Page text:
"Opening up the U.S. market to Central America comes at the cost of opening Central American markets to the United States," said Auxiliary Bishop David Zywiec Sidor of Bluefields, Nicaragua. "The U.S. can sell beans and rice at a cheaper cost, ruining Nicaraguan farmers," Sidor continued. Reverend Edgar Palacio of the Calvary Baptist Church located in Washington, DC echoed Sidor's concerns, saying "Over the past decade, Central America's poor majority has already suffered as a result of increasing levels of free trade. As tariffs have steadily been lowered, poverty and inequality have been on the rise. CAFTA will accelerate this process throughout Central America and stymie countries' ability to construct human-centered development strategies."
Participants also made the point that CAFTA-NAFTA expansion requires signatory countries to rewrite their domestic policies to conform to new patent rules that will increase medicine prices and undermine access of poor farmers to seeds; provide new protection to foreign investors that undercut governments' ability to implement basic economic development, public interest environment and health protections; and privatize and deregulate essential public services.
"CAFTA would be nothing less than a disaster for Central America's most vulnerable and impoverished citizens. Every local partner we work with in the region opposes it - without exception," said Rabbi Sidney Schwarz, a board member of the American Jewish World Service.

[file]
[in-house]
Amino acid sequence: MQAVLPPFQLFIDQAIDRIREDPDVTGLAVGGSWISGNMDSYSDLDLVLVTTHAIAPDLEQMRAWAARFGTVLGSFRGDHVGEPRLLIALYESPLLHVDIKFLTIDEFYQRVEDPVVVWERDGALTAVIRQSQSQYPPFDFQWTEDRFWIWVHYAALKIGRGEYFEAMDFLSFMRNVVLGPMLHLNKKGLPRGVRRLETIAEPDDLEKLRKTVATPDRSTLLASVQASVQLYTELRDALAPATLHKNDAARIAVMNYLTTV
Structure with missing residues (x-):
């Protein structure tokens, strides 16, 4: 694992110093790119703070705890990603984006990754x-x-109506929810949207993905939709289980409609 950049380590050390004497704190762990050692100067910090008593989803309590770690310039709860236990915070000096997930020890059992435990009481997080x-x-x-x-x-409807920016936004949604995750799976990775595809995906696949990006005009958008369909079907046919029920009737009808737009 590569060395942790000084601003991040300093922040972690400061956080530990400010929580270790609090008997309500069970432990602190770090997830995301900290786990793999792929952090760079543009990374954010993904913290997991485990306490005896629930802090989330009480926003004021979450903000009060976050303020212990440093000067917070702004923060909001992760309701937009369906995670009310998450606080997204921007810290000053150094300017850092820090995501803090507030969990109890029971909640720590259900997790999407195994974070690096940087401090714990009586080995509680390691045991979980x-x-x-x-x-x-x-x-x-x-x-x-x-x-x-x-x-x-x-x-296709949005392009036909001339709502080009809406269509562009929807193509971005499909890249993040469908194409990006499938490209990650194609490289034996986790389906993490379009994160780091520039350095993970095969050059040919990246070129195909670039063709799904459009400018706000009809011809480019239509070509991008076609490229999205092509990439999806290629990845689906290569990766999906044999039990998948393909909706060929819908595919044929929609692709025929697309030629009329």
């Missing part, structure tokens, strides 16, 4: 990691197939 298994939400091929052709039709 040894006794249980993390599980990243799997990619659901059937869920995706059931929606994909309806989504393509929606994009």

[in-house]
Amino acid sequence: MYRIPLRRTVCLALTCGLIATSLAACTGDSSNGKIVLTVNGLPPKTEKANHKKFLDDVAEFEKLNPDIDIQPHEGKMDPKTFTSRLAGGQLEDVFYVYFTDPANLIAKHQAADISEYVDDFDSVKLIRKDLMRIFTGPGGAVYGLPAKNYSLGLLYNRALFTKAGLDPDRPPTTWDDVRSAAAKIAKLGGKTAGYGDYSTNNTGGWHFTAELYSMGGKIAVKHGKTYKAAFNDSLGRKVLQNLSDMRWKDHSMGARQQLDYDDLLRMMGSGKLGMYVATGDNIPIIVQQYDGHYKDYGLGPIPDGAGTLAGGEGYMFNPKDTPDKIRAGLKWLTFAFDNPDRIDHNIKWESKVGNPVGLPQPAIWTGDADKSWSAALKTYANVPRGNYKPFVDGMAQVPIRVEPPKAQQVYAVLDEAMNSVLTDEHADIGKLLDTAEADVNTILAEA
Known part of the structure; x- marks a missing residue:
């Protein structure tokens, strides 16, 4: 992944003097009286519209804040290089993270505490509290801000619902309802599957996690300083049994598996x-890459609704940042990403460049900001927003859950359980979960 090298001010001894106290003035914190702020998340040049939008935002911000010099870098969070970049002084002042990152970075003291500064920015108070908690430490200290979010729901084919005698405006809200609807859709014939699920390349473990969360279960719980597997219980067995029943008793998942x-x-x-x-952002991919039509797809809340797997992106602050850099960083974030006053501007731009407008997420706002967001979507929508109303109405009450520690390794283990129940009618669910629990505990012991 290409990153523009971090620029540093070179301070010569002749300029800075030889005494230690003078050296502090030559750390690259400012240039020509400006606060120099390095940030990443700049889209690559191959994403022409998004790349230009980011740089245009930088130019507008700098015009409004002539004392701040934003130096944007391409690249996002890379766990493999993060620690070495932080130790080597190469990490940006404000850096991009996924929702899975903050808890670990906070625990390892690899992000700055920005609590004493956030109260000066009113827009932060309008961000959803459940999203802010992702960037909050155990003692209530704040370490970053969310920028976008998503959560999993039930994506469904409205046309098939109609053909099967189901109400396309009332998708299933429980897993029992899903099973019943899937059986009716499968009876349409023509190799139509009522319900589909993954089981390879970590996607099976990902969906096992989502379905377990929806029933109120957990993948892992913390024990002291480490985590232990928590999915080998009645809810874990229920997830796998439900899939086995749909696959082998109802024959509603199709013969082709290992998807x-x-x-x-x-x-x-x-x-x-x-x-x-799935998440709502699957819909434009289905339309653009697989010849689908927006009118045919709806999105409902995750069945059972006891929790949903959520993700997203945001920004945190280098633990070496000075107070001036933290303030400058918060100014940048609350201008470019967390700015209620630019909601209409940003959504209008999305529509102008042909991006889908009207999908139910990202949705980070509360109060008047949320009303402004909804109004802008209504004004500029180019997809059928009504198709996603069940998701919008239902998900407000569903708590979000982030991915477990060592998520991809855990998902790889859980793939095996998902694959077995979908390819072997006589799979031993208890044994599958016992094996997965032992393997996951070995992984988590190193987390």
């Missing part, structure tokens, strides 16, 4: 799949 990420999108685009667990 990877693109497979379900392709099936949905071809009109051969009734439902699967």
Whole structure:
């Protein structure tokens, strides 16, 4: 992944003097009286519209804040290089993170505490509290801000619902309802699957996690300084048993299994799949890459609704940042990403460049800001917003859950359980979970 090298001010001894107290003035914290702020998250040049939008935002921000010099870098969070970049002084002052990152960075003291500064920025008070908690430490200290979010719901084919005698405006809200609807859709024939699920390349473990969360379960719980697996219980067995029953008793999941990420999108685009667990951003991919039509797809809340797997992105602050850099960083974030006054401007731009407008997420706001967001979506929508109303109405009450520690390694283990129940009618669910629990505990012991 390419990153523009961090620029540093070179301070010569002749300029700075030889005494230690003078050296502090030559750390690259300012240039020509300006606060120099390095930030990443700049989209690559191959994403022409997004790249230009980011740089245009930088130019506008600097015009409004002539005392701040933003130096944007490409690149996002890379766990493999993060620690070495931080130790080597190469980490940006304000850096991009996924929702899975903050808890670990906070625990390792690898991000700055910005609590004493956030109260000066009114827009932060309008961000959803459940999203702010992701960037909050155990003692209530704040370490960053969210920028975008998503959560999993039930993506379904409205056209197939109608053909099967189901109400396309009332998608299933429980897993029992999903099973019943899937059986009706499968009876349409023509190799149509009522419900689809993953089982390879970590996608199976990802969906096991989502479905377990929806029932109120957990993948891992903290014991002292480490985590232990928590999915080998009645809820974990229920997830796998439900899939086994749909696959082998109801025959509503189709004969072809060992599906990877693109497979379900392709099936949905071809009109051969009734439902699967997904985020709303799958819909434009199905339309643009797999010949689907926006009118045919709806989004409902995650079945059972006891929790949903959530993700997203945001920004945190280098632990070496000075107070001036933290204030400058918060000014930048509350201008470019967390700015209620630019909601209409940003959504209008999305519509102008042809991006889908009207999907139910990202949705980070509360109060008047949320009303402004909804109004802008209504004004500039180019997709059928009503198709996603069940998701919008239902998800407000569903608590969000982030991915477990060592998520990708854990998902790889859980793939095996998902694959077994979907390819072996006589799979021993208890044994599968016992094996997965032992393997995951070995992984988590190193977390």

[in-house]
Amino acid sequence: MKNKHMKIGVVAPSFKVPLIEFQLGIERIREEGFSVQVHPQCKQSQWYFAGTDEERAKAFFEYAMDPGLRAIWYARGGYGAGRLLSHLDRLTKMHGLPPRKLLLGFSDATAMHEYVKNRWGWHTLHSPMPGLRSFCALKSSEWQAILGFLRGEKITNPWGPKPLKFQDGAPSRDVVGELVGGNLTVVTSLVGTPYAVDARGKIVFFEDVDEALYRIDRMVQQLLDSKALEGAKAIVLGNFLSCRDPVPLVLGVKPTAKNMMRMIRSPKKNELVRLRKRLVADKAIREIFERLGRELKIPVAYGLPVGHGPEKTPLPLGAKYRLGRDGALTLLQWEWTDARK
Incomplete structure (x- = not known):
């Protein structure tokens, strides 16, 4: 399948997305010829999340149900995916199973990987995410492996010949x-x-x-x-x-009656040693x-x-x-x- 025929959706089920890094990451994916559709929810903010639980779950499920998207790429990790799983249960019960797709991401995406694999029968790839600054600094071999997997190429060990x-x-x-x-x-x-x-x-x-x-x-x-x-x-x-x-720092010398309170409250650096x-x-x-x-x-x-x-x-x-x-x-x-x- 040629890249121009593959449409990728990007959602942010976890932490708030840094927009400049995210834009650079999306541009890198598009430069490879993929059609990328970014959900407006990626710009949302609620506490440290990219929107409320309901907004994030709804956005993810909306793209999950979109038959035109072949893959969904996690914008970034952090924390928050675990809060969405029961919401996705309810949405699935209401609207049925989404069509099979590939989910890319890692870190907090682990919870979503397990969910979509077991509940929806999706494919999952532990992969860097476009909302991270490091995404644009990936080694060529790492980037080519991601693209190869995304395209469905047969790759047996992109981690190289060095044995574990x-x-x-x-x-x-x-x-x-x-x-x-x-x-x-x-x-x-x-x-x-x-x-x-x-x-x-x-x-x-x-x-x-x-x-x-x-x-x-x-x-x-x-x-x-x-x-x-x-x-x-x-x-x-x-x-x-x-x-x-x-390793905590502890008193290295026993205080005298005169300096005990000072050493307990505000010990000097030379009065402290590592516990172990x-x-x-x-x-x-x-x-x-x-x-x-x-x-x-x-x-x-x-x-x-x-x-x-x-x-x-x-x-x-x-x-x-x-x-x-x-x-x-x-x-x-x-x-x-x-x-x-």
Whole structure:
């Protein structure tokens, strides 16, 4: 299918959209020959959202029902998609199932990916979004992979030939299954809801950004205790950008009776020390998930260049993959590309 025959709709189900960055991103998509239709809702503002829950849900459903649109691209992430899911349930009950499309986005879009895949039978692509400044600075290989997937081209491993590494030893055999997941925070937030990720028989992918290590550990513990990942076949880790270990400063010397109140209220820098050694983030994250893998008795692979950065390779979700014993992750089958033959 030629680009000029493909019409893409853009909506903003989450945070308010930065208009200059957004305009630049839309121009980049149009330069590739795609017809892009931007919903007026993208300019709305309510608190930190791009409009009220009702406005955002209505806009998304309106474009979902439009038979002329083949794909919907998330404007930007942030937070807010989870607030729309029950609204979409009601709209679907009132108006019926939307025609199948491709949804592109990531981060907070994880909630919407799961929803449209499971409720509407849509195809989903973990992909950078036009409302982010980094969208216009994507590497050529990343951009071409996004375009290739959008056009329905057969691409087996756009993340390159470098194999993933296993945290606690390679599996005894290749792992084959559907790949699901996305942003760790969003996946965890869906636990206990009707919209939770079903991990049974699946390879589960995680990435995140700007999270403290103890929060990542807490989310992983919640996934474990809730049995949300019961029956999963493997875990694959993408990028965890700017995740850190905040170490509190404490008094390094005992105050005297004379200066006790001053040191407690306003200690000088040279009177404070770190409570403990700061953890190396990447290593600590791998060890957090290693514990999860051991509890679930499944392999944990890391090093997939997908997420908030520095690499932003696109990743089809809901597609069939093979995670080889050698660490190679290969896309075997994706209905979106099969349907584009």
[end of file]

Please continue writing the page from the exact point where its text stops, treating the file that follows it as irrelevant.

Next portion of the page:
Finally, breakfast participants cautioned that CAFTA would not benefit ordinary people in the United States, making the point that under NAFTA, the United States lost almost one million jobs. They also emphasized the need for trade agreements, unlike CAFTA, that make the needs of the poorest people, and the right to food, shelter, healthcare and education a priority over adherence to a particular trade model. Reflecting the hope and energy of the prayer breakfast, Mary Lord, the American Friends Service Committee's Assistant General Secretary for Peace and Conflict Resolution stated, "when we reflect that the world in which we live has been shaped by human hands, and that we have the power to change it, we can recognize God's call to participate in that change. Each person is called to do what she or he can to make the world more just."
The Interfaith Working Group on Trade and Investment coordinates the U.S. Interfaith Trade Justice Campaign, which is part of a larger international ecumenical effort to engage people of faith in working for greater justice in the world trading system.
Event sponsors include the American Friends Service Committee, Center of Concern, Church World Service, Columban Missionaries Justice Peace and Integrity of Creation Office, Lutheran World Relief, Maryknoll Office for Global Concerns, NETWORK: A National Catholic Social Justice Lobby, Religious Task Force on Central America and Mexico, Share Foundation, United Methodist Board of Church and Society, and Washington Office Presbyterian Church (USA).